The September labour force data show the impact of the recession on jobs, hours worked and unemployment.
It is bad news. Depressing in many ways to realise that there are 937,400 Australians unemployed, a further 1,538,800 underemployed and that since the onset of Covid-19, the workforce participation rate has dropped by 1.3 percentage points as people have given up looking for work.
They are an ugly set of numbers.
In percentage terms, 6.9 per cent of the workforce is unemployed while a futher 11.4 per cent are underemployed.
In other words, that is nearly 2.5 million people or 18.3 per cent of the workforce who are either unemployed or underemployed.
‘In tatters’: Stimulus to come to an end soon
This goes to show that despite the efforts of the Morrison government with initiatives such as JobKeeper, JobSeeker and the various stimulus measures to tackle the economic impact of Covid-19, the labour market is still in tatters and not showing much in the way of a turning point up.
Making things all the more worrying is that these numbers are yet to be impacted by the withdrawal of a huge part of that economic stimulus.
JobKeeper is already being phased out and will not exist by the end of March 2021 while the boost to JobSeeker is also being phased back meaning less money in people’s pockets. These were two policies that did boost the economy, albeit temporarily.
There remains the issue of the so-called mortgage holidays from the banks which have allowed many people in financial difficulty to postpone their mortgage repayments and not be driven into forced selling of their home as they struggle to meet their normal financial obligations.
This has helped the economy, but they too will be drawing to a close in coming months.
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And while the policy was flawed in many ways, the decision to allow impacted workers to draw down a total of $20,000 from their superannuation accounts did provide a temporary boost to spending and with that employment.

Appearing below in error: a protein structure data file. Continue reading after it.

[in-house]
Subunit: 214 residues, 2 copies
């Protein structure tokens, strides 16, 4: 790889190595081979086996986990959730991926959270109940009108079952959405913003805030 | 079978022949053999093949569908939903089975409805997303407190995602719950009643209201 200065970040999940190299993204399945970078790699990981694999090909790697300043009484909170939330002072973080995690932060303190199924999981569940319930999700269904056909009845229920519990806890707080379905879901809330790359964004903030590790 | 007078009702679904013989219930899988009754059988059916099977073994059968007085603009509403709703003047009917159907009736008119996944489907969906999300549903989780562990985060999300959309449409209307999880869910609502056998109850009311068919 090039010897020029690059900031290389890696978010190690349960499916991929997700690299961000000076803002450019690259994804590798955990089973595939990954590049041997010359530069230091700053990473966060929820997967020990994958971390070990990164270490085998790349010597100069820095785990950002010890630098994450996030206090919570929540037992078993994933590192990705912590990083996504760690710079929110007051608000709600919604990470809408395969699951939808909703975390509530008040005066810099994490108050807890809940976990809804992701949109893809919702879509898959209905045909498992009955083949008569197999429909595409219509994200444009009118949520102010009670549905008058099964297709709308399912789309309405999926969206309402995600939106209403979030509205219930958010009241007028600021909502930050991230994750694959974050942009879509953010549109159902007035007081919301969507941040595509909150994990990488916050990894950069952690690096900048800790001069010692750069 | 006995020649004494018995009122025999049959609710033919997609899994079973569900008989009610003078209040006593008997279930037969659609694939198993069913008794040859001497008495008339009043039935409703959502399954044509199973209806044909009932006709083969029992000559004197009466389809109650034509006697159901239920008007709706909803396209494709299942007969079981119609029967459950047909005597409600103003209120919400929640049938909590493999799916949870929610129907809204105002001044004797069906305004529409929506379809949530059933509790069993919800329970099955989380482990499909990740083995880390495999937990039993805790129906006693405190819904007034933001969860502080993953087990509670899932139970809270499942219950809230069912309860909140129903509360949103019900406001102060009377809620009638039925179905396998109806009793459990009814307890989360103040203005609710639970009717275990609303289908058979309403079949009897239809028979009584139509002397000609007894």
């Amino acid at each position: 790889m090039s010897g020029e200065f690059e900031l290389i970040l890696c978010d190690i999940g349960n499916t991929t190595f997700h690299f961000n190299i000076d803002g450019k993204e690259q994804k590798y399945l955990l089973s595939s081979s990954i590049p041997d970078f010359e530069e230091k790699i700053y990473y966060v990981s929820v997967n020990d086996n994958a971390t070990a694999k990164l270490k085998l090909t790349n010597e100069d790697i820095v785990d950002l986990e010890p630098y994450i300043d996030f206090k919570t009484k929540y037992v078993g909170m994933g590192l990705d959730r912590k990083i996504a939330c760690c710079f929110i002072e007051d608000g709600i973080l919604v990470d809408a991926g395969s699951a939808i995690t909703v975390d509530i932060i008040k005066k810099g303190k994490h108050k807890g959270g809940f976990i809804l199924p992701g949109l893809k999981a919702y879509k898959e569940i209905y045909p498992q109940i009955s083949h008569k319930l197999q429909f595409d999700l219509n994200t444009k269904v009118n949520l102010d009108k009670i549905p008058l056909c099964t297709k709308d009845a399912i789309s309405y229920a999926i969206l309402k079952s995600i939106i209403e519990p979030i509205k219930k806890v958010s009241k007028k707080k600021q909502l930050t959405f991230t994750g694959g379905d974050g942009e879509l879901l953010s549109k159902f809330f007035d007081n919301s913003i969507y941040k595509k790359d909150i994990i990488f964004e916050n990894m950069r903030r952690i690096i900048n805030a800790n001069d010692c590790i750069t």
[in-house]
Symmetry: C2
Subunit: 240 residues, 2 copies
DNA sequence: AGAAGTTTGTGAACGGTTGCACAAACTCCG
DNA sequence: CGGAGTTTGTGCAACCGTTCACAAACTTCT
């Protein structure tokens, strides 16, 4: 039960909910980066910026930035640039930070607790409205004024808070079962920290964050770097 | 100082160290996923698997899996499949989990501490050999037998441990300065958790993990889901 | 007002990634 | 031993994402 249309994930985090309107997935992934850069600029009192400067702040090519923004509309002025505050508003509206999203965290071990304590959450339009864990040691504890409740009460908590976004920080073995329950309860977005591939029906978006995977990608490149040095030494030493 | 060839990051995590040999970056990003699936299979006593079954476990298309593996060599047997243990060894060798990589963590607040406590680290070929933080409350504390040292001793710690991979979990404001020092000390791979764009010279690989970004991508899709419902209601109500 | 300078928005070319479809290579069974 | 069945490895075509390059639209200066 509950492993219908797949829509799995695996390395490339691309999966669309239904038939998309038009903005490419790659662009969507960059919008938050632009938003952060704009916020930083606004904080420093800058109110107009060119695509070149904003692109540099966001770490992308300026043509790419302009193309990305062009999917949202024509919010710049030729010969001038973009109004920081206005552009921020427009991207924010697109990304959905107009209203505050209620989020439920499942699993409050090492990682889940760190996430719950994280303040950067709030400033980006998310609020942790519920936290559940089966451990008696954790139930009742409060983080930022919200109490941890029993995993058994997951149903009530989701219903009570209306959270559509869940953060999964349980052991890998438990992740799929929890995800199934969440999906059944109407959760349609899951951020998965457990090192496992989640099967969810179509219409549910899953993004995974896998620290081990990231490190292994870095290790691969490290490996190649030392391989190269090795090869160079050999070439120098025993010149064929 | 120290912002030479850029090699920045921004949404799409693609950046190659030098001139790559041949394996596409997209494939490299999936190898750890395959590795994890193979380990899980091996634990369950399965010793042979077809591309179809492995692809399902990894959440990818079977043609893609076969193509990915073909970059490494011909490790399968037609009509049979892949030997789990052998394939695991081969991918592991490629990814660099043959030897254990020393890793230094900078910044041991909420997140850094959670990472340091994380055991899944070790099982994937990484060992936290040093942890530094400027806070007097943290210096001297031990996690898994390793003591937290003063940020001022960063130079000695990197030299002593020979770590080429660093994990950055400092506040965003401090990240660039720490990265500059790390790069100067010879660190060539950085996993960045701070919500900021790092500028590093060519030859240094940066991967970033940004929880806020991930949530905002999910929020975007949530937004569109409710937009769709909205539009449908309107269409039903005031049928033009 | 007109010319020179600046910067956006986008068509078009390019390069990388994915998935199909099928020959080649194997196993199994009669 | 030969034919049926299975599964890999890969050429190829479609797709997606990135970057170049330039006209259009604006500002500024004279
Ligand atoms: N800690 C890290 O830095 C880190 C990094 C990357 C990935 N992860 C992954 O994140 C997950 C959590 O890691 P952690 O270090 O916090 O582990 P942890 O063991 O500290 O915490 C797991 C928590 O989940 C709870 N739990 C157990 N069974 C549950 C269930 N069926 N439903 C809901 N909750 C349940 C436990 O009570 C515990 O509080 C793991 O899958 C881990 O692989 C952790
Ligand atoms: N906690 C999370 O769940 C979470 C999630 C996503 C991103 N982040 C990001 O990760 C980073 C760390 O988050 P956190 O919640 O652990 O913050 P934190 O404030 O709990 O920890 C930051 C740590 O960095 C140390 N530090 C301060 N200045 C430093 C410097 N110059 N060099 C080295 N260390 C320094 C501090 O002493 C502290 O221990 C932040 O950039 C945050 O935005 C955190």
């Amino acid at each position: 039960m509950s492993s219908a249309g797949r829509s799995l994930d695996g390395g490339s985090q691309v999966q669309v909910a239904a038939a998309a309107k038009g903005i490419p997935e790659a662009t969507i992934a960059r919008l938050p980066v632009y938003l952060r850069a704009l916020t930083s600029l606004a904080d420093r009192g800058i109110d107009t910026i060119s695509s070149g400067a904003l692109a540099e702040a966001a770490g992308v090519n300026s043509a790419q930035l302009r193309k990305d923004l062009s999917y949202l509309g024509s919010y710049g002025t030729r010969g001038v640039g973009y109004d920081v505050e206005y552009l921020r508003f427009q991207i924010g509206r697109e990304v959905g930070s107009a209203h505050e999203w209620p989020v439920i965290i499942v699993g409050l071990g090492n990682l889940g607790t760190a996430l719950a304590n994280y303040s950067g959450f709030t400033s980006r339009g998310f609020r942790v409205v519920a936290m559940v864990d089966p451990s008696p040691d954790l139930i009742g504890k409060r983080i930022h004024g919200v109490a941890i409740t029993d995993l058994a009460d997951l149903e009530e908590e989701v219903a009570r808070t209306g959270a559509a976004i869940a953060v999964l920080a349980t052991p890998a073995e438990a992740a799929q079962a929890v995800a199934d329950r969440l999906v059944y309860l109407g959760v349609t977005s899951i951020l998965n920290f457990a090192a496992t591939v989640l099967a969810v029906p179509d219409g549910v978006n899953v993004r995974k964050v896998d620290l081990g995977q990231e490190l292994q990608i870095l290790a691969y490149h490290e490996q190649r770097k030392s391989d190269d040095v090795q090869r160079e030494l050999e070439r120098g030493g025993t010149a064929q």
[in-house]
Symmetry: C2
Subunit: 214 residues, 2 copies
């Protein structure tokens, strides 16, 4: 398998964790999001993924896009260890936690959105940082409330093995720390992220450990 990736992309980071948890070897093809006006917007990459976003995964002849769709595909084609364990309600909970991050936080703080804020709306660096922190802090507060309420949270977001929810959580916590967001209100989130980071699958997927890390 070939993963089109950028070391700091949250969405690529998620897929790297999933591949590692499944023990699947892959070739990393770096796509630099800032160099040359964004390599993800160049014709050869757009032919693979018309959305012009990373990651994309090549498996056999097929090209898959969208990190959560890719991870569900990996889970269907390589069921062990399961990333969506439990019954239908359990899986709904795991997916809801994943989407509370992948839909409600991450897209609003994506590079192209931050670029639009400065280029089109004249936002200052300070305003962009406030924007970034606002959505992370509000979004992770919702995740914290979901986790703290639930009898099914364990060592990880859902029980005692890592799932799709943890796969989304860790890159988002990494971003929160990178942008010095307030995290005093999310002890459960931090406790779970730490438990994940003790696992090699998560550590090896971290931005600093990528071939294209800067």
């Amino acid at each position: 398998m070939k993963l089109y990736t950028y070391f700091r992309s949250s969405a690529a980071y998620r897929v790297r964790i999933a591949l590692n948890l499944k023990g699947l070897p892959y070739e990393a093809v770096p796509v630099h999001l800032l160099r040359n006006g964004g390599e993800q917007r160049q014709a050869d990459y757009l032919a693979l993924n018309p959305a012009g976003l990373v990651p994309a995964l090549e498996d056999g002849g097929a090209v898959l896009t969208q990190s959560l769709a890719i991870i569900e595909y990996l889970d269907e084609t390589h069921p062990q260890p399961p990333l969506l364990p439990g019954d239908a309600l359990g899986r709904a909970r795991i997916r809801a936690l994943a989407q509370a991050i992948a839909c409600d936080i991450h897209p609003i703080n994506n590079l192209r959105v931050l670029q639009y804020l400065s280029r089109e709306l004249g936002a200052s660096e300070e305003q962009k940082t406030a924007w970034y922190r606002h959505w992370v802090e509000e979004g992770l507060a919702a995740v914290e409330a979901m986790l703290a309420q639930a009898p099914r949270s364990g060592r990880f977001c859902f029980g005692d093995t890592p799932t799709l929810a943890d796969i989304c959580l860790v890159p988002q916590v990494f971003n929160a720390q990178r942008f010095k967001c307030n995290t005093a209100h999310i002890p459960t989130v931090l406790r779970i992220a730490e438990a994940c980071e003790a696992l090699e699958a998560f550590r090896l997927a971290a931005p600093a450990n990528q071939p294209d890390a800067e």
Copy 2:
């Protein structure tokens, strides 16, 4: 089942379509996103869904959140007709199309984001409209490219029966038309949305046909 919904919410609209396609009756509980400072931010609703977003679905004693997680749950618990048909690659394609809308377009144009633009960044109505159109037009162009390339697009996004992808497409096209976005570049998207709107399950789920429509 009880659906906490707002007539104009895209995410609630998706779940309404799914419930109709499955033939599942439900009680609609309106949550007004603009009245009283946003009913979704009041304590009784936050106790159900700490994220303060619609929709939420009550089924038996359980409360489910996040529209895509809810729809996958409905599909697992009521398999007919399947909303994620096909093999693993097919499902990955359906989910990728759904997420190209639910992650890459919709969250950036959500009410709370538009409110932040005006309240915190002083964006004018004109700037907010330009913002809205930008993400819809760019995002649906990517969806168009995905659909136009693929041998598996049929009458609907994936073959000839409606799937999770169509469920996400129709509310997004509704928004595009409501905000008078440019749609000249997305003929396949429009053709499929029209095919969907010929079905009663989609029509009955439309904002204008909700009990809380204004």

That scheme ended on 30 September so there will be no more financial boost from that measure.
Complicating the mix further is the seeming impotence of the Reserve Bank of Australia to effectively implement a boost to the economy from stimulatory monetary policy.
Not that all of this is the RBA’s fault, of course.
Official interest rates, at 0.25 per cent, are near zero and there are some complications for banking and financial markets if it were to cut rates to below zero per cent.
This lack of pro-growth monetary policy feeds into the concerns for the economy – and critical the labour market – from here on in.
It’ll get worse before it gets better
Suffice to say, the risks remain that the labour market will get even worse from here before it starts to improve.
An opening up of Victoria and some inter-State borders will help the economy to a point, but there remain huge impediments to a strong and sustained upturn.
When consideration is also taken of the prospect of zero growth in real wages for the next four years, there is a real and growing risk that the economy will be stuck in a high unemployment funk for many years to come.
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